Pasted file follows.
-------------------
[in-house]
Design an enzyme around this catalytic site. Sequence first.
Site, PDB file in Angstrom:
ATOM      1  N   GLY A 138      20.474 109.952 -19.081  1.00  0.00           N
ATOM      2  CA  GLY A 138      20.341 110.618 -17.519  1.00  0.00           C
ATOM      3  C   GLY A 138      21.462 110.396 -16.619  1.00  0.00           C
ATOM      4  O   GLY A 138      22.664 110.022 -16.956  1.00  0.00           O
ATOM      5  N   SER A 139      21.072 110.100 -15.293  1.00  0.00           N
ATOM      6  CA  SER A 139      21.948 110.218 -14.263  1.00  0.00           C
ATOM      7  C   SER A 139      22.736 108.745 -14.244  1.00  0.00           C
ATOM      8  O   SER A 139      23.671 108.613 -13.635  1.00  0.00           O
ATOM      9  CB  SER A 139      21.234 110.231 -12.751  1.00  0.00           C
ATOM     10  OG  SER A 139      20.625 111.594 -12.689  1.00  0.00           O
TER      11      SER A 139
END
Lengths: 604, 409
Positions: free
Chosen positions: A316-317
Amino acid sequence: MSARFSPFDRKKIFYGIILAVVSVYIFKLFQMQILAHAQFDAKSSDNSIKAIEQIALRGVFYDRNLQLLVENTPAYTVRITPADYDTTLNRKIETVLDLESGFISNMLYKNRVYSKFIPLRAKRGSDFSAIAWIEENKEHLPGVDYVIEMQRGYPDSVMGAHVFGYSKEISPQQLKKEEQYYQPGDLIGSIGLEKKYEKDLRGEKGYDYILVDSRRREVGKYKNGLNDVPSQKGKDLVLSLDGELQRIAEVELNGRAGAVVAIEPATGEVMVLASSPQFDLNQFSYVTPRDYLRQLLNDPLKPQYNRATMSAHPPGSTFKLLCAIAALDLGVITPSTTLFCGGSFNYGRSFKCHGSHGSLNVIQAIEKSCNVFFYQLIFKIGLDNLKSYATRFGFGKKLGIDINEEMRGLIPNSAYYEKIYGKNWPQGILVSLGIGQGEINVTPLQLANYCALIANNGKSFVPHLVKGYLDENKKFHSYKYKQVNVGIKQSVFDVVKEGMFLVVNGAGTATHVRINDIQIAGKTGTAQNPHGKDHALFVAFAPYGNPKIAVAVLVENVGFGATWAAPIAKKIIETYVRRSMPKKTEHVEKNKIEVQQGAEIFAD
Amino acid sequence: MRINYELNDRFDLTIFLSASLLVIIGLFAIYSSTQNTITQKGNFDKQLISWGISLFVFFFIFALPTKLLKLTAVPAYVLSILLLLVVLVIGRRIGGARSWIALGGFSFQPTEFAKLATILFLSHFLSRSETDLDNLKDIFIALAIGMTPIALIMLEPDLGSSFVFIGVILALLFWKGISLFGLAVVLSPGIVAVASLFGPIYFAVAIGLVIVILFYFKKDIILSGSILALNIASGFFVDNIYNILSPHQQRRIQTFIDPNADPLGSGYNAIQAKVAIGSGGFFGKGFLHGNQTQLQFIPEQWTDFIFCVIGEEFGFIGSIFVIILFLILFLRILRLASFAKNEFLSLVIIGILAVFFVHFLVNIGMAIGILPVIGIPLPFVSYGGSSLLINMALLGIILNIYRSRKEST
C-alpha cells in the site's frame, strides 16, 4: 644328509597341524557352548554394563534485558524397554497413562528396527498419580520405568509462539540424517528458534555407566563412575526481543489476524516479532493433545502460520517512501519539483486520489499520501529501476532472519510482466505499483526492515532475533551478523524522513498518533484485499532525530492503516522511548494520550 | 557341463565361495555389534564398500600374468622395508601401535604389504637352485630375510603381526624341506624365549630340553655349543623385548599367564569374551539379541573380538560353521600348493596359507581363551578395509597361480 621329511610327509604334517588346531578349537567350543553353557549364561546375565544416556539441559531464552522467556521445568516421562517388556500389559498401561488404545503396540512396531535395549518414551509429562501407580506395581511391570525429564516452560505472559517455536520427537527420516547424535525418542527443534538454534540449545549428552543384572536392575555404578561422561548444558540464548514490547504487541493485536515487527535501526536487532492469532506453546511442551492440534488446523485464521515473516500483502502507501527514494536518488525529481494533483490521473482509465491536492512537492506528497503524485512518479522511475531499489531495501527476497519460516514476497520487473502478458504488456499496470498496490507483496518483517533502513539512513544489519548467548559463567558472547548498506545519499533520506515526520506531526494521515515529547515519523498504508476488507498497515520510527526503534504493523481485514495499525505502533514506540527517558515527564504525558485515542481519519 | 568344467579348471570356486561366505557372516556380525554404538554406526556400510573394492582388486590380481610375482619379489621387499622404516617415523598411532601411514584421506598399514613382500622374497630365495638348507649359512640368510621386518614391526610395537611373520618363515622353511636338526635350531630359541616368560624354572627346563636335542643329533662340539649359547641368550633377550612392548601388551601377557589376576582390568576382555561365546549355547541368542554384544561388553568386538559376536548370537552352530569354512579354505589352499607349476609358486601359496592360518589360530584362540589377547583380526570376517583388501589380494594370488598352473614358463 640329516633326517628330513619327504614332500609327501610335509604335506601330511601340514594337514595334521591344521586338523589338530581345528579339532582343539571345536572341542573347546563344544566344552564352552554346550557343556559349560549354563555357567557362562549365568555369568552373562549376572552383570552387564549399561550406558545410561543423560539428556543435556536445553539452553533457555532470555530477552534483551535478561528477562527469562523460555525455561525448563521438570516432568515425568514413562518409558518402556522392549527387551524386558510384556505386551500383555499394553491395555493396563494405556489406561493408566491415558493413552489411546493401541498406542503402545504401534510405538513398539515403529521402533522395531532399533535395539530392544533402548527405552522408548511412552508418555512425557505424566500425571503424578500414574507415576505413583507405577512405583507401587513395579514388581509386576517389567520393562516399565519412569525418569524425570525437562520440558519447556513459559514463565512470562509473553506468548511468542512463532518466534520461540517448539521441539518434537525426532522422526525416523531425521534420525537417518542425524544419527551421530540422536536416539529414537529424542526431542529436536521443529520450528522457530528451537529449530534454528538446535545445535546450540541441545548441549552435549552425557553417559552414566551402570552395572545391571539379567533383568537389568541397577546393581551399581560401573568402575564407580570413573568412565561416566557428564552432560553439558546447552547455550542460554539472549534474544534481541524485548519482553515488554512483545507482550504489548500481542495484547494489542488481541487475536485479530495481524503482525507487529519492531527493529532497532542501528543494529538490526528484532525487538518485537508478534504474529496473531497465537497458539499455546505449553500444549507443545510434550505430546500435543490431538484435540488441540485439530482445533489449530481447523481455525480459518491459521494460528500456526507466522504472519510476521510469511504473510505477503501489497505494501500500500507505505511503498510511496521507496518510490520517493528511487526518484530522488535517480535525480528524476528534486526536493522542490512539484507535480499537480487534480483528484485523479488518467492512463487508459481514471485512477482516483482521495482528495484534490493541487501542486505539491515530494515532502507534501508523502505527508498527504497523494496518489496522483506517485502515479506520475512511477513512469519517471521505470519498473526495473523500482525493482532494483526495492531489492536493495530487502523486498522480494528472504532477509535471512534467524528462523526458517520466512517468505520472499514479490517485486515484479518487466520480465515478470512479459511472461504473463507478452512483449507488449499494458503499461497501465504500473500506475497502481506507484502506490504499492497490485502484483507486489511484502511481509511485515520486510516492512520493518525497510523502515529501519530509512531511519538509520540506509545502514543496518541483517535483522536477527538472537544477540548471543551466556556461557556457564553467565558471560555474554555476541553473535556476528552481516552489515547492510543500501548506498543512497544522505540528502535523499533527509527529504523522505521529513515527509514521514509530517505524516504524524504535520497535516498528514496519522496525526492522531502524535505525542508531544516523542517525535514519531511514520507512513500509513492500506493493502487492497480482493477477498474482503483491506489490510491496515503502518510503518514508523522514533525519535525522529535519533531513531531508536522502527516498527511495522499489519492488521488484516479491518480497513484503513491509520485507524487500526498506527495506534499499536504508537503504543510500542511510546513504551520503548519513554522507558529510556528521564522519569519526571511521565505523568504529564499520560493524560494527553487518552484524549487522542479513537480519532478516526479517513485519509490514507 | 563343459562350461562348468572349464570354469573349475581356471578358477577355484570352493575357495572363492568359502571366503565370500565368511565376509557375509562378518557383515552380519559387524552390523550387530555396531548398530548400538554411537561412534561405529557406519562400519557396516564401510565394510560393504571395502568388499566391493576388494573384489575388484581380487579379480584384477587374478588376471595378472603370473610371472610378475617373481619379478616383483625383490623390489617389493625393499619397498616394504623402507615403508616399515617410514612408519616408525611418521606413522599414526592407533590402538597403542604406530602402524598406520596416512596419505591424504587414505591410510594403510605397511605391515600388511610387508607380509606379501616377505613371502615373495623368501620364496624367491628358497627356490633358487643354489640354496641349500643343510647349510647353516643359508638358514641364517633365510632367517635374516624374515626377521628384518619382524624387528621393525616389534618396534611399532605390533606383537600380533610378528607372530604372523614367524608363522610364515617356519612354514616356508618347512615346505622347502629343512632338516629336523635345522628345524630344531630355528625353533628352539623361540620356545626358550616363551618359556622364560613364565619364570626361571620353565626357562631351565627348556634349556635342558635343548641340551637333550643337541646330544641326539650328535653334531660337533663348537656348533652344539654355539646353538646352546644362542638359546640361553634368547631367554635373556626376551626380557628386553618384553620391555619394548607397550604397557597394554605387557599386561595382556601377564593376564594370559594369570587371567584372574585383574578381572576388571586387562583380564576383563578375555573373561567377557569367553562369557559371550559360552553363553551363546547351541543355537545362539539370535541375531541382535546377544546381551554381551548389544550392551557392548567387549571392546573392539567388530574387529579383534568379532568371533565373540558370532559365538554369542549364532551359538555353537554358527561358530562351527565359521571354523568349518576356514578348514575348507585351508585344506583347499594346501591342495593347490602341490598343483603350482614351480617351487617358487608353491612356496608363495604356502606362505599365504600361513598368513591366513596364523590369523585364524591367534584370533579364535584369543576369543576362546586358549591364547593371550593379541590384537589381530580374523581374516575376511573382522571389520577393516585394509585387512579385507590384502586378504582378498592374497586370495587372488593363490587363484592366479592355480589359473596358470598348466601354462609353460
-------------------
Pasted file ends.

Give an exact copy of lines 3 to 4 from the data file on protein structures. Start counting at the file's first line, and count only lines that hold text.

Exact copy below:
Site, PDB file in Angstrom:
ATOM      1  N   GLY A 138      20.474 109.952 -19.081  1.00  0.00           N